Incoterms are a set of rules defining the terms of sale. Furthermore, people use it all over the world. In addition, these rules share the costs and responsibility between the buyer and the seller. They are used while transporting goods from the seller to the buyer. Incoterms refer primarily to the UN Convention on Contracts for the International Sale of Goods. The latest released version – Incoterms 2010 – has been operating since January 1, 2010. The rules change every 10 years, so soon we can expect new rules – Incoterms 2020.
Changes in 2020
Proposals for changes regarding Incoterms 2020 have already been presented. The official announcement of the modification will be released at the end of 2019, and what is more, the new rules will start operating on January 1, 2020.
The International Chamber of Commerce (ICC) establish the Incoterms rules. This year, the representatives of China and Australia also participated in the exporters’ committee to prepare the new Incoterms rules for the first time.
Division of Incoterms
Incoterms 2020 are divided into four groups (C, D, E, F). The rules are classified according to the fees, risk, responsibility for formalities, as well as issues related to import and export.
In group C (Main Carriage Paid), the seller concludes a transport contract with the forwarder and takes the costs. In this case, the seller is responsible for conducting export clearance. The risk is transferred at the time of posting the goods to the buyer. All matters arising after loading costs related to transporting, and other events, are the buyer’s responsibility. Group C includes the following Incoterms rules: CFR, CIF, CPT, and CIP.
Group D (Arrival) assumes that the seller is obliged to deliver the goods to a specific place or the port of destination. This group includes such Incoterms as DAP, DPU, and DDP.
In group E (Departure), the seller makes the goods available to the buyer at the delivery point indicated by the seller. The seller is not obliged either to customs or export clearance and does not bear the risk and costs of loading. In group E, there is only Incoterms EXW.
Group F (Main Carriage Unpaid) obliges the seller to perform export customs clearance. The seller does not pay transport and insurance costs. FCA, FAS, and FOB belong to this group.
Incoterms 2020 – what will change?
One of the major changes is deleting the DAT rule and replacing it with a DPU.
At first, consideration was also given to removing the EXW rule, but eventually, it remained in Incoterms 2020. The EXW rule gives the most rights to the importer, with the least involvement of the seller.
Another important proposal for change concerns the FCA rule. Incoterms 2020 provides a market need for waybills (BLs) marked on board when applying the FCA (Free Carrier) rule.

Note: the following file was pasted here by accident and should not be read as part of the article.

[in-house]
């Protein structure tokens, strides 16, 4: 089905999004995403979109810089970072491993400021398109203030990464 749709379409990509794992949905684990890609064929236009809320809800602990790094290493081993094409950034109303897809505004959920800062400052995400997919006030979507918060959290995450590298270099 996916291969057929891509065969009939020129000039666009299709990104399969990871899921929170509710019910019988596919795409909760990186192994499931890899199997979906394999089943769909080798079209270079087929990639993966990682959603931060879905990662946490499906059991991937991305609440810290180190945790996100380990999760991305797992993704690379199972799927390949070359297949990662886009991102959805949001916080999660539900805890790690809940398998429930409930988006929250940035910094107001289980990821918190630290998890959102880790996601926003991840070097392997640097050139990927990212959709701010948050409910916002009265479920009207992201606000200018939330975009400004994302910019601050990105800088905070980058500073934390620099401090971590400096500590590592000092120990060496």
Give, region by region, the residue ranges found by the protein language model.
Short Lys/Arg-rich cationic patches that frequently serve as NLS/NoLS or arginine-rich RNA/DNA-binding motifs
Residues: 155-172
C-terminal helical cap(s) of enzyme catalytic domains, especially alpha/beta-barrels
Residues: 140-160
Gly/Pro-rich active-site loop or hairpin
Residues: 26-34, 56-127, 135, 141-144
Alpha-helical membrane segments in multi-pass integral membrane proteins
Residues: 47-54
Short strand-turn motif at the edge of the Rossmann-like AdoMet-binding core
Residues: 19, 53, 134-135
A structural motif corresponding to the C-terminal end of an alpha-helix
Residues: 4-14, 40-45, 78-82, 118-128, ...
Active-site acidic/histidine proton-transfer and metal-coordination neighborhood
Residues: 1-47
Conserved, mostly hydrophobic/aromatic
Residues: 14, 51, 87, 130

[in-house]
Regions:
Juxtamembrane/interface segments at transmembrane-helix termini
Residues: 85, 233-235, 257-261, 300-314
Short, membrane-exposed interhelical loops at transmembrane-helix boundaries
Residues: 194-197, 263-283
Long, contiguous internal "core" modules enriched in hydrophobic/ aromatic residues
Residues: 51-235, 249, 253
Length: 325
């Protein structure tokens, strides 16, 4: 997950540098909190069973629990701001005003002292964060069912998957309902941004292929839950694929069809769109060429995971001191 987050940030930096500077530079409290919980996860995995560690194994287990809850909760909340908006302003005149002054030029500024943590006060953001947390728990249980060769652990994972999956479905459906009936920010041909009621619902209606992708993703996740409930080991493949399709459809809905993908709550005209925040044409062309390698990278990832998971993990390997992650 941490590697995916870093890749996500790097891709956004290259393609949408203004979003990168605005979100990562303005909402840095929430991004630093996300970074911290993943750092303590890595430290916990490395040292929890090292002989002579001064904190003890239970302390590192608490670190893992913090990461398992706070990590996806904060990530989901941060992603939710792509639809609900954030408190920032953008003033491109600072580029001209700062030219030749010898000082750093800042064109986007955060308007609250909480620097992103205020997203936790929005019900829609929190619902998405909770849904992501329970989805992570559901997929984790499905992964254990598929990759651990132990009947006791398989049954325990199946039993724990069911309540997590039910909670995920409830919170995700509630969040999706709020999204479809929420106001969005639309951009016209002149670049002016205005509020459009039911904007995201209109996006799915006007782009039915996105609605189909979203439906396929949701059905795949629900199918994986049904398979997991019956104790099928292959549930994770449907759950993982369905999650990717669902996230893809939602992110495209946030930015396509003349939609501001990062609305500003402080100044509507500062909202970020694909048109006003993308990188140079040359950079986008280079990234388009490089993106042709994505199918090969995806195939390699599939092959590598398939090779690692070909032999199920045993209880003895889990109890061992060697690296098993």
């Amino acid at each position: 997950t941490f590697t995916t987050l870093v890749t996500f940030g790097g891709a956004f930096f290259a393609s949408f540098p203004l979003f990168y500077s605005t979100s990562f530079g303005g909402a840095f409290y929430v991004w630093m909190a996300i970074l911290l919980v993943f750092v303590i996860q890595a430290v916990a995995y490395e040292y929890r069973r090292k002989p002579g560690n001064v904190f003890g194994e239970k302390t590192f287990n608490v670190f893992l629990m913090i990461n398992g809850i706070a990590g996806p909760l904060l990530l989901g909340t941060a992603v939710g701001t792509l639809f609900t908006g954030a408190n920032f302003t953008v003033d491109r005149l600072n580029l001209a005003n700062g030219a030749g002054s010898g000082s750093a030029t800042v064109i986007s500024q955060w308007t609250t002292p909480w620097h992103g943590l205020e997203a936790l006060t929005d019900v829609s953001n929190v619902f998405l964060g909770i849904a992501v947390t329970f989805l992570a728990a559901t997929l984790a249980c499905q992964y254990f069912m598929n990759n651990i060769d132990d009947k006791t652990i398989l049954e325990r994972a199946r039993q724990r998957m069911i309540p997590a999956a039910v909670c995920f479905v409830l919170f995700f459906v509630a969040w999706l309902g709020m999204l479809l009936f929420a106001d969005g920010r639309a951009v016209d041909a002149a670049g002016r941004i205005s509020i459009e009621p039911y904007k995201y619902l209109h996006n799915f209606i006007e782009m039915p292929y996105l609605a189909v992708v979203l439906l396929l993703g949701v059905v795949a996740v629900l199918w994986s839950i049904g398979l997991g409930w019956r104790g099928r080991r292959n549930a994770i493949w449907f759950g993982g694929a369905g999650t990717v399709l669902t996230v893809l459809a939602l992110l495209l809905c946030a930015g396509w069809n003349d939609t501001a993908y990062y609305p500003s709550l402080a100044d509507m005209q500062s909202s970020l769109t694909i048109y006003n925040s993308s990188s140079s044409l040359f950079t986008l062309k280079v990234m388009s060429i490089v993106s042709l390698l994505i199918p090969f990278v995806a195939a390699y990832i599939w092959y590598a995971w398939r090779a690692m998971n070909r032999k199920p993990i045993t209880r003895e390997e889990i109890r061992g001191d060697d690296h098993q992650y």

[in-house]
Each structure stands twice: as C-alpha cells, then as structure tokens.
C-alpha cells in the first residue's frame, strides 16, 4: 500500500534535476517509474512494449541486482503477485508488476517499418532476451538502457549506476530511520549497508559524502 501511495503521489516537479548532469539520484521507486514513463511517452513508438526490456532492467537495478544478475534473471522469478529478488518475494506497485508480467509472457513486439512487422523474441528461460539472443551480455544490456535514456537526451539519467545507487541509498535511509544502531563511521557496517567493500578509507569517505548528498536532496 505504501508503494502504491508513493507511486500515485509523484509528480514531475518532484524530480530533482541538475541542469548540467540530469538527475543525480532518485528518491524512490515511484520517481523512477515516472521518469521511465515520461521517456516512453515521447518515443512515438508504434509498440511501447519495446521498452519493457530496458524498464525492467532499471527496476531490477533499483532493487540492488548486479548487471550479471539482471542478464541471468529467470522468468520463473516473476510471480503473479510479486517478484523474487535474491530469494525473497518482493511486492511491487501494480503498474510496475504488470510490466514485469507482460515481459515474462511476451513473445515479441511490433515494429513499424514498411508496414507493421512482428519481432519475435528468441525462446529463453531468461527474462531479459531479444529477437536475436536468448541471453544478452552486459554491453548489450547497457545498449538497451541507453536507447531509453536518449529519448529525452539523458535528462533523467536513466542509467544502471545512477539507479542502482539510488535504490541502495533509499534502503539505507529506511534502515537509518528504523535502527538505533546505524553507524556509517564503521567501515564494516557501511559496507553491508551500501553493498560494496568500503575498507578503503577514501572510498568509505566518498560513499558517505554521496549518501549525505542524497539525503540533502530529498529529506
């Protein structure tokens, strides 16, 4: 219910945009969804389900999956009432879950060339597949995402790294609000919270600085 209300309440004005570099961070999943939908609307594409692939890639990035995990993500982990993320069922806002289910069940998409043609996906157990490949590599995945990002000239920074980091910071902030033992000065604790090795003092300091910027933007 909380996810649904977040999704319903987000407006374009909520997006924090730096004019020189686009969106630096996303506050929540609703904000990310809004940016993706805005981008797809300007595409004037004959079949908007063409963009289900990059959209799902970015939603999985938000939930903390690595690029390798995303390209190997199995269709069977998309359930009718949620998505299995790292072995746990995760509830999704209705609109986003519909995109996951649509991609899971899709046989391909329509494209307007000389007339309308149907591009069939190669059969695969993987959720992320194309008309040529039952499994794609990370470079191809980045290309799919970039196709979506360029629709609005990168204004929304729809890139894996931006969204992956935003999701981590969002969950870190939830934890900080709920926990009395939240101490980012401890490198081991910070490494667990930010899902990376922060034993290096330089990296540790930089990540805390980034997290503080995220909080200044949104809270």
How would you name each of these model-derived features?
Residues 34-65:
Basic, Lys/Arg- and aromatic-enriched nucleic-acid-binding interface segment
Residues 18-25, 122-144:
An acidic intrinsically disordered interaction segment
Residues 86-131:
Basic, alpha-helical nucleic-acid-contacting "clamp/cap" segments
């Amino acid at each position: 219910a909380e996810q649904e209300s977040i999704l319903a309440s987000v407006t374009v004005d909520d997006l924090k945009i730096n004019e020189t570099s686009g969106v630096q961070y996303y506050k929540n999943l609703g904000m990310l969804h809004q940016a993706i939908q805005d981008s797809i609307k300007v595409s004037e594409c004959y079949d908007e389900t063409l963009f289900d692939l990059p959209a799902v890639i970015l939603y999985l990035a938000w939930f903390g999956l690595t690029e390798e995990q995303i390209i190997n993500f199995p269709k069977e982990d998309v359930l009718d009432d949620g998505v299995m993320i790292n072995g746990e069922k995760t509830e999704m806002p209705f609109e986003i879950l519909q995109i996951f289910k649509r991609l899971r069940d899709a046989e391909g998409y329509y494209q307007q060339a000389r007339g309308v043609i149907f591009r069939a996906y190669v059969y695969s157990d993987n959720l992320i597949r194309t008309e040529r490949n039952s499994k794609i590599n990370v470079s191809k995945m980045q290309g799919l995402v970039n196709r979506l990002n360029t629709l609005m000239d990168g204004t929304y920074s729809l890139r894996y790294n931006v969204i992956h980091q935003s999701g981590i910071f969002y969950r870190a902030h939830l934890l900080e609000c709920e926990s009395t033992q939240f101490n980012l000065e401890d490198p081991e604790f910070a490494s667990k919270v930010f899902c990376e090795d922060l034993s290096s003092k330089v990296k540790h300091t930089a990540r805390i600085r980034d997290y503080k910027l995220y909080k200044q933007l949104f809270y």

FCA is the most common Incoterms rule (approx. 40% of international commercial operations). It is a very versatile rule that allows the delivery of goods to various places (eg address, terminal, port, airport, etc.), which are mostly located in the buyer’s country.
The Committee decided that the FCA rule will provide for two possible places of delivery.
A first variant is a place belonging to the seller (e.g., his warehouse, factory, yard). Delivery is considered complete when the goods are physically transferred (after loading) to the care of a courier or other person designated by the buyer.
However, the second option applies to the place indicated in the contract, which does not belong to the seller (e.g., seaport, terminal). In this situation, the delivery is considered to have been made after the goods have been handed over to the carrier, on the means of transport sent by the seller. It should be noted that unloading goods from the means of transport is not the responsibility of the seller.
Incoterms – CIF, and CIP
Incoterms 2020 aligns different levels of insurance coverage in Cost Insurance and Freight (CIF rules) and Carriage and Insurance Paid To (CIP).
Carriage with own means of transport – FCA, DAP, DPU, DDP
Incoterms 2020 includes arrangements for carriage with own means of transportation in FCA, Delivery at Place (DAP), Delivery at Place Unloaded (DPU), and Delivered Duty Paid (DDP).
Incoterms 2020 – discussions
It may seem that changes to existing Incoterms are not much, but Incoterms 2020 may be easier to understand than Incoterms 2010. The commission wanted to avoid situations where Incoterms are misinterpreted and misused, which is often associated with costly consequences.
The significant differences between Incoterms 2010 and Incoterms 2020 include primarily:
- Bill of lading in the FCA Incoterms rule;
- Cost-sharing issue;
- Organization of transport by the seller’s or the buyer’s means of transport, applying the FCA, DAP, DPU, or DDP rules;
- Change of Incoterms DAT to Incoterms DPU;
- Including safety requirements in the obligation and transport costs;
- Addition of explanatory notes for Incoterms users.
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